PRESCOTT - The Portland, Ore.-based company that bought the former Fortner Aerospace plant a year ago will close the plant in early February, eliminating 80 jobs.
Jay Khetani, vice president for Precision Castparts, declined Wednesday afternoon to say why his company will shut the PCC Aerostructures Prescott plant.
"We just won't have any public comment," he said.
"It is not our policy to comment."
Andrea Avery, human resources manager at the plant on Pleasant Street, declined comment Wednesday, and turned down a request from the Courier to interview employees on the premises.
The former Fortner plant opened in the late 1940s, and has manufactured components for the aerospace industry. Synchronous sold the plant to Precision Castparts.
PCC Aerostructures employees split into three groups Wednesday to meet with representatives of Yavapai Workforce Connection of the Northern Arizona Council of Governments to learn about opportunities for displaced workers.
NACOG Regional Director Teri Drew said PCC Aerostructures officials notified her staff in advance of telling employees Dec. 2 that their jobs would be eliminated. Drew said the company gave no reason for the closure, which is expected to take place Feb. 3.
She said her staff immediately contacted 14 manufacturers in the quad-city area to inquire about job prospects, and came up with 35 job openings. The openings include engineers, a machine shop manager and a variety of manufacturing positions.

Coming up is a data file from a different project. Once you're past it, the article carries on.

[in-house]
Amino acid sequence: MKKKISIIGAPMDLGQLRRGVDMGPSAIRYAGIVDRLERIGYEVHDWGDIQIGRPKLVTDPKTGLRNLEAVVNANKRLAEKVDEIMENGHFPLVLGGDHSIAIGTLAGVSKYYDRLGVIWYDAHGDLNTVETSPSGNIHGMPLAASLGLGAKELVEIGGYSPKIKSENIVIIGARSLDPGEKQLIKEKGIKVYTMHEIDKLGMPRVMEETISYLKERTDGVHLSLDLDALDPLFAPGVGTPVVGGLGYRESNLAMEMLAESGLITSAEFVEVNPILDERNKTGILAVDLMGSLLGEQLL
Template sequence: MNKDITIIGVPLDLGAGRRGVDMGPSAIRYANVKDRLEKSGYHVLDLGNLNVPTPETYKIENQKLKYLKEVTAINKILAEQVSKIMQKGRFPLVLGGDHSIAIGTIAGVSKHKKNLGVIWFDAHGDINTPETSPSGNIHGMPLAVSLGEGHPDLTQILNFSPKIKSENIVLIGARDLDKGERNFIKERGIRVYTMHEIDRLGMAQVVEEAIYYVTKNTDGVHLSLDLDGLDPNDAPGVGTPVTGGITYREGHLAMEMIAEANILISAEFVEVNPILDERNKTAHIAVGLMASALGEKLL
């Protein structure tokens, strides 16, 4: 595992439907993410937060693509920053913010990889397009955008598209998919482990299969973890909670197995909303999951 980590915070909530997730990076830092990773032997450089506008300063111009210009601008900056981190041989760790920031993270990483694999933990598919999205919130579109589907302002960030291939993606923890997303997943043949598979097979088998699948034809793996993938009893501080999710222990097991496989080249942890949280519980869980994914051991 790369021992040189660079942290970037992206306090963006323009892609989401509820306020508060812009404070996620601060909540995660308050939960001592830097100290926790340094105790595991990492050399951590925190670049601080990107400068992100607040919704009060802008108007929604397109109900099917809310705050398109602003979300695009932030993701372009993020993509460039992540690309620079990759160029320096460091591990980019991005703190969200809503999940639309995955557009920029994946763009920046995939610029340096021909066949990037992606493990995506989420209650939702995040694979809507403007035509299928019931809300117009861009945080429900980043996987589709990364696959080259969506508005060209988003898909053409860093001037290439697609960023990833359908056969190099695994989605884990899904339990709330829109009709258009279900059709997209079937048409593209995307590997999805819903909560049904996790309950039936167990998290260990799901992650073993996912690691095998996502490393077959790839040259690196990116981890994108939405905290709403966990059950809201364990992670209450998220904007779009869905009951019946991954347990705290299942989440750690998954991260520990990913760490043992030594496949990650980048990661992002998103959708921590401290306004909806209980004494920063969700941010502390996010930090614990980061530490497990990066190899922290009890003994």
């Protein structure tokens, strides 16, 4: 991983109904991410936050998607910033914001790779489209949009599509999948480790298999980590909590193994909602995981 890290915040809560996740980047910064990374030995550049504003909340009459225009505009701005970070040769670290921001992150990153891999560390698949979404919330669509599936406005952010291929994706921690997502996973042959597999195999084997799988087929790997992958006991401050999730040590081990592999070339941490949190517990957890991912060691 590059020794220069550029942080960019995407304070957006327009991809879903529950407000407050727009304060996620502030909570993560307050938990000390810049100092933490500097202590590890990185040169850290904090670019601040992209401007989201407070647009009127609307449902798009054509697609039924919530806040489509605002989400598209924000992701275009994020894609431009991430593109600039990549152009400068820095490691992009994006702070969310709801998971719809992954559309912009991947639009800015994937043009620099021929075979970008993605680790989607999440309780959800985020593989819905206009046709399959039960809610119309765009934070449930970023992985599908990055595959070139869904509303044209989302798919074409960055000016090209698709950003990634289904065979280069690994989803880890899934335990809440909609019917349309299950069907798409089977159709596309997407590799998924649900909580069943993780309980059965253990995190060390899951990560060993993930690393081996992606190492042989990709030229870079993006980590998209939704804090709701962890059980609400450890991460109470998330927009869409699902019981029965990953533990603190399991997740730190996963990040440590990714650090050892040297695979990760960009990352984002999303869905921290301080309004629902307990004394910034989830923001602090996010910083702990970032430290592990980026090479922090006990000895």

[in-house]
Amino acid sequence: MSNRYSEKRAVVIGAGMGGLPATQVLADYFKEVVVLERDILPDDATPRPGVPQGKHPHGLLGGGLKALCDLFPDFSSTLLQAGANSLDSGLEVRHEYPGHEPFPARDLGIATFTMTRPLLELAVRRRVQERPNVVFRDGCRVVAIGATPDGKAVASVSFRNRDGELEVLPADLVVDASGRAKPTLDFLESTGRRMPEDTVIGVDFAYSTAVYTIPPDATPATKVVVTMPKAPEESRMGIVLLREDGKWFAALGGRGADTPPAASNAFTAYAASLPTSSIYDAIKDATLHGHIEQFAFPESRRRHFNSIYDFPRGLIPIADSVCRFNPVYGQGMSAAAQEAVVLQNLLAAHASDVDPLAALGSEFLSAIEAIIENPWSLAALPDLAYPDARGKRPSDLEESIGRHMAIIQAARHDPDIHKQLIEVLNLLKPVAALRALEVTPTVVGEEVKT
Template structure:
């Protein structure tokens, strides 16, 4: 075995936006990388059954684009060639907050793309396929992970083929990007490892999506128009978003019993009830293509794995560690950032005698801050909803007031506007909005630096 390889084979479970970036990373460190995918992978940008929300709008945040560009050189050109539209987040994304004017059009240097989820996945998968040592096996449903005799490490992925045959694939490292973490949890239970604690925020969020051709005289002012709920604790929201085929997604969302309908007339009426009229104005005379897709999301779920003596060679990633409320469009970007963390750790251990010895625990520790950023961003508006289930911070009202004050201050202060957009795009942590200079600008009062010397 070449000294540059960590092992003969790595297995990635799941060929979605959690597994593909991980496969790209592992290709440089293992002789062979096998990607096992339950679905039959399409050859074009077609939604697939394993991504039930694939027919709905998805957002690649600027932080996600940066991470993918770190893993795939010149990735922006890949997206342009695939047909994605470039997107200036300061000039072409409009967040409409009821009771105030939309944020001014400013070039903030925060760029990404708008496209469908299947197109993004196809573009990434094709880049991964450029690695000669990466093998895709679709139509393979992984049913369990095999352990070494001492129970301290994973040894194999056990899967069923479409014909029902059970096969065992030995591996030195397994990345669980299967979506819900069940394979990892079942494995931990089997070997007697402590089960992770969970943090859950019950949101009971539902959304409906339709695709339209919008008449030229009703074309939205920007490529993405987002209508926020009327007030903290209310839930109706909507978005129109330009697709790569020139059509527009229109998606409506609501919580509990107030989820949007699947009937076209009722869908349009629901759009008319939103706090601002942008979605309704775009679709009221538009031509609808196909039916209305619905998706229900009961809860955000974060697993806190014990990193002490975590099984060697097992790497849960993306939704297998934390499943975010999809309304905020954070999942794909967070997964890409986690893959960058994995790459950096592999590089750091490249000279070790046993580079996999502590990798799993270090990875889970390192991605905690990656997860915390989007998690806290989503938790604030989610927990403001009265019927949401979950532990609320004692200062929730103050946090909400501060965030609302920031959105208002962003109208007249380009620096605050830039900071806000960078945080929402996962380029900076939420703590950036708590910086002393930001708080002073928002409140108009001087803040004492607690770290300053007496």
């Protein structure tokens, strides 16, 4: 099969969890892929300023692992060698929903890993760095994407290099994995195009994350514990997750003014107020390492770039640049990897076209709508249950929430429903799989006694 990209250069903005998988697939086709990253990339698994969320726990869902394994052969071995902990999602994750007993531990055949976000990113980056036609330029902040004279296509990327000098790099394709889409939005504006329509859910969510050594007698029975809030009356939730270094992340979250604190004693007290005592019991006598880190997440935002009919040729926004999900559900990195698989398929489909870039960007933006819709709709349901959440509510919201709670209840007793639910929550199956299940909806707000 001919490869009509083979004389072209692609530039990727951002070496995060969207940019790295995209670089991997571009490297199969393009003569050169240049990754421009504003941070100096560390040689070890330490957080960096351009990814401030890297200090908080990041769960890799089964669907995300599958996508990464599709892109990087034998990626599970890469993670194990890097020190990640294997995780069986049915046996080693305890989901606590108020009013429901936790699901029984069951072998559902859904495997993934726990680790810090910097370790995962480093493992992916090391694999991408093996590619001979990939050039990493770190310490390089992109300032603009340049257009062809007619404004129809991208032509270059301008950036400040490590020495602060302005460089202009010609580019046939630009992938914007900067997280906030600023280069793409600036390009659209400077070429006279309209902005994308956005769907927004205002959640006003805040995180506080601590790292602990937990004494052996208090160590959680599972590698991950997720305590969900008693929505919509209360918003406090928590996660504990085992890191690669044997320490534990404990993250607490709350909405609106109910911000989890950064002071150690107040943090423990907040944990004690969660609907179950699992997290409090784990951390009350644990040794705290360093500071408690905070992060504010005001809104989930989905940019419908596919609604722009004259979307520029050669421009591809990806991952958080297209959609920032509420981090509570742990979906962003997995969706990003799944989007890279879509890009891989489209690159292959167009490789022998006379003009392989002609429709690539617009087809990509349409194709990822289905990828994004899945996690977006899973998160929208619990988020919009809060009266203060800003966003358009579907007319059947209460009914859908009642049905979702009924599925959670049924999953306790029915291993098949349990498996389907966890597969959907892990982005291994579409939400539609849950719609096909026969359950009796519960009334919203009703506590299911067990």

Some of the workers might land other jobs before unemployment benefits kick in, Drew said. She said the displaced workers at PCC have worked there anywhere from weeks to several years and include manufacturing engineers, machine operators, machinists, hand finishers, tool cutters, inspectors and administrative staff.
The employees may be eligible to apply for other jobs with the parent company, which describes itself on its website as being the "world leader" in structural investment castings, forged components and airfoil castings for aircraft engines and industrial gas turbines.
NACOG staff will help the workers apply for unemployment benefits, and will provide financial aid if they want to return to school to learn new skills, Drew said. They will be eligible to receive help from NACOG for as long as two years if needed.
Drew said NACOG will offer job training that pays 50 percent of the wages for as long as six months for a displaced worker who lands a job in a similar field.
If the employee seeks a career change, NACOG will cover all the costs for books and classroom training, she said.
If a career change leads to a new job, NACOG will cover 100 percent of the training wage, Drew said.
Follow reporter Ken Hedler on Twitter @KenHedlines.